Conflicting threat models

As I mentioned in my previous post, we have a long way to go when it comes to information security. I'll be presenting a talk on building secure systems at PyCon 2015 next month, and I hope to blog more about interesting bits of comprehensible security.

I'm a strong believer in the importance of threat models. A threat model is your idea of what you're protecting against. It may seem obvious that you can't effectively protect anything without knowing what you're protecting it from. Sadly, simply contemplating your threat model puts you ahead of the curve in today's software industry.

Threat models often simply deal with how much effort you're willing to spend to prevent something from happening. In a world with finite resources, we have to make choices. Some models are unrealistic or prohibitively expensive to defend against. These questions aren't all strictly technical: perhaps some risk is adequately covered by insurance. Perhaps you have a legal or a compliance requirement to do something, even if the result is technically inferior. These questions are also not just about how much you're going to do: different threat models can lead to mutually exclusive resolutions, each a clear security win.

Consider your smartphone. Our phones have a lot of important, private information; it makes sense to protect them. The iPhone 6 provides two options for the lock screen: a passcode and a fingerprint sensor. Passcodes have been around for about as long as smartphones have, while fingerprint sensors are new and exciting. It's clear that either of them is more secure than not protecting your phone at all. But which one is more secure?

Most people instinctively feel the fingerprint sensor is the way to go. Biometric devices feel advanced; up until recently, they only existed in Hollywood. Fingerprints have their share of issues. It's impossible to pick a new key or have separate keys for separate capabilities; you're stuck with the keys you have. A fingerprint is like a password that you involuntarily leave on everything you touch. That said, turning a fingerprint into something that will unlock your iPhone is out of reach for most attackers.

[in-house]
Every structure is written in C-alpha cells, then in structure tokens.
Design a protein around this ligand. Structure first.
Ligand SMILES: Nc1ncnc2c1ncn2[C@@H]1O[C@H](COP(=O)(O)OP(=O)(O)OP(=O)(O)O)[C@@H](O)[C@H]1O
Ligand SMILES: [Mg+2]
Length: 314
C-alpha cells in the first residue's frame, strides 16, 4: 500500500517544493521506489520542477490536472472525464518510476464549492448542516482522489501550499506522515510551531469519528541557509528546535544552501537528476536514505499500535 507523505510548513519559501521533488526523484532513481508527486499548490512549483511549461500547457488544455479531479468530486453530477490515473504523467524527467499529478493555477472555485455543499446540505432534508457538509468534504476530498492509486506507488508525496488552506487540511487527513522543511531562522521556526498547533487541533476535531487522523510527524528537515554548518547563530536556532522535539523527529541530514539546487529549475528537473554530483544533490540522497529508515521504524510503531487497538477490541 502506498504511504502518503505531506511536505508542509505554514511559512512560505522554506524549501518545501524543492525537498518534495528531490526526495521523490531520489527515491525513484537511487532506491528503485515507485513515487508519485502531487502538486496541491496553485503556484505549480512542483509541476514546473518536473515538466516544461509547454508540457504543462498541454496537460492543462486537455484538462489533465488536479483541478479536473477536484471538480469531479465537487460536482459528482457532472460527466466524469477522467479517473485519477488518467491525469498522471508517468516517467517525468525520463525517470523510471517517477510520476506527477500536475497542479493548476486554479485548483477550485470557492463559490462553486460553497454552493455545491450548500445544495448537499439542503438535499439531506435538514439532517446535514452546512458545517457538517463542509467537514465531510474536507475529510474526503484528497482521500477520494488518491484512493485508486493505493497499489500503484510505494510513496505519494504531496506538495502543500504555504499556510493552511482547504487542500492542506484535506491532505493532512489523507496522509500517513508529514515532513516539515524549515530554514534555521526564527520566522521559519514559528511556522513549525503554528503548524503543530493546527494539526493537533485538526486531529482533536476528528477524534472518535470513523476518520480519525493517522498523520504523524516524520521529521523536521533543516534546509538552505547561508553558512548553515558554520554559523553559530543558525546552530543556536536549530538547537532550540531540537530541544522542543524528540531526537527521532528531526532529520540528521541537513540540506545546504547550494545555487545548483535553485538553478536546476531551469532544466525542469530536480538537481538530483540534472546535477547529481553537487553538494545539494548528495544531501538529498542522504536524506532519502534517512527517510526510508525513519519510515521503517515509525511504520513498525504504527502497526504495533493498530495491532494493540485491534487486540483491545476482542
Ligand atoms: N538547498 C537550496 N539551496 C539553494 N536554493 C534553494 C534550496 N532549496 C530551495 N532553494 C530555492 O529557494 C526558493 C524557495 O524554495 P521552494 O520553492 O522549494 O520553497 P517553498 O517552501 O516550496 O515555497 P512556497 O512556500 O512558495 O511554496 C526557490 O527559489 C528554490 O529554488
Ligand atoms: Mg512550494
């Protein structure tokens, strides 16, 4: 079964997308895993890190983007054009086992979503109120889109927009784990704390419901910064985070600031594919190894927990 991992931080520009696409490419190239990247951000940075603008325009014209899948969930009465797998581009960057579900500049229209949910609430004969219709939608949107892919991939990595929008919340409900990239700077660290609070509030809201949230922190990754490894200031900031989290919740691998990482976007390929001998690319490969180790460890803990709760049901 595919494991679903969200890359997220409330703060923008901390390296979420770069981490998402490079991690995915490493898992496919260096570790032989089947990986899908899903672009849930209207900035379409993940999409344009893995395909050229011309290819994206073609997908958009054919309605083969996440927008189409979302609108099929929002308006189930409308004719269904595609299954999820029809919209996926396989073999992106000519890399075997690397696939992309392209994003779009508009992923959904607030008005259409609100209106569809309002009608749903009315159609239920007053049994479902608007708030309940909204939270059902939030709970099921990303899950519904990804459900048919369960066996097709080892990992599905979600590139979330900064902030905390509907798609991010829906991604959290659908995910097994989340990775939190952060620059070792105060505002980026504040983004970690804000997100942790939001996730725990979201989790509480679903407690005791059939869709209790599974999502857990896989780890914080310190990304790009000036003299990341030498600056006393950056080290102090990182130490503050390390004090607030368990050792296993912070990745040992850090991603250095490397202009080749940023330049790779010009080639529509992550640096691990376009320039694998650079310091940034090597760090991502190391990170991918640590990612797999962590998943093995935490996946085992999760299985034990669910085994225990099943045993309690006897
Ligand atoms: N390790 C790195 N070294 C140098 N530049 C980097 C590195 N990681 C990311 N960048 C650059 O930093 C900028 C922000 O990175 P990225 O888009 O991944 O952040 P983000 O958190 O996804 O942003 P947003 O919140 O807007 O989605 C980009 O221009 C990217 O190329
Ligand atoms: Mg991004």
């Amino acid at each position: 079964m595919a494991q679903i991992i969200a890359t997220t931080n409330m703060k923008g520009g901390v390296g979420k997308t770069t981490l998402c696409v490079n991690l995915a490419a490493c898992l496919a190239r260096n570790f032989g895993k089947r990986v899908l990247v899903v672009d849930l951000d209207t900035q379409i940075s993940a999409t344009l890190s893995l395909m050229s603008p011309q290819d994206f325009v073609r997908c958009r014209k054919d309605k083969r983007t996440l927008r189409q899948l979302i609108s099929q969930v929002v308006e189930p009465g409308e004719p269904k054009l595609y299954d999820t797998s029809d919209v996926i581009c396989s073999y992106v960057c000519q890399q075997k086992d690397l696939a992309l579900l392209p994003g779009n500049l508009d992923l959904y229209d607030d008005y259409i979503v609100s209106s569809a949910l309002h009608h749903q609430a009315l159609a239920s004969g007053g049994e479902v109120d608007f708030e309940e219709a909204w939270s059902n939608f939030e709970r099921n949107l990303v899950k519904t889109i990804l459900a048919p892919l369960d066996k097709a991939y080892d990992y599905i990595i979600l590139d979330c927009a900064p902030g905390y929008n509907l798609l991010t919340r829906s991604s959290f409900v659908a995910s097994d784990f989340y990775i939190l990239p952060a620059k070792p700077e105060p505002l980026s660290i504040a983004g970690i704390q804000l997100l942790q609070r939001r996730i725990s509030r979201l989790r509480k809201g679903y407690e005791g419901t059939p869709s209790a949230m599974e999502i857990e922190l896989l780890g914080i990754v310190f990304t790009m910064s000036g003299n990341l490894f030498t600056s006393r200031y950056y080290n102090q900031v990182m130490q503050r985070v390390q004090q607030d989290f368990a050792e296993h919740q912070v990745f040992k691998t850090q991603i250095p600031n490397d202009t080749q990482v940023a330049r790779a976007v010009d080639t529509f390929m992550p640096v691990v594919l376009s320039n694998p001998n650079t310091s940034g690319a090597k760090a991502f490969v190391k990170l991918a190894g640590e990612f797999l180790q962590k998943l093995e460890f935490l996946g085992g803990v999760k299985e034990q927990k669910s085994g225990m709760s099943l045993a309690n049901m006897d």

Passcodes aren't perfect either. People generally pick poor codes: important dates and years are common, but typically not kept secret in other contexts. If you know someone's birthday, there's a decent chance you can unlock their phone. At least with a passcode, you have the option of picking a good one. Even if you do, a passcode provides little protection against shoulder surfing. Most people unlock their phone dozens of times per day, and spend most of that day in the presence of other people. A lot of those people could see your passcode inconspicuously.

Two options. Neither is perfect. How do you pick one? To make an informed choice, you need to formalize your threat models.

In the United States, under the Fifth Amendment, you don't have to divulge information that might incriminate you. I am not a lawyer, and courts have provided conflicting rulings, but currently it appears that this includes computer passwords. However, a court has ruled that a fingerprint doesn't count as secret information. If you can unlock your phone with your fingerprint, they can force you to unlock it.

If your threat models include people snooping, the fingerprint sensor is superior. If your threat model includes law enforcement, the passcode is superior. So, which do you pick? It depends on your threat model.

Disclaimer: this is an illustration of how threat models can conflict. It is not operational security advice; in which case I would point out other options. It is not legal advice, which I am not at all qualified to dispense.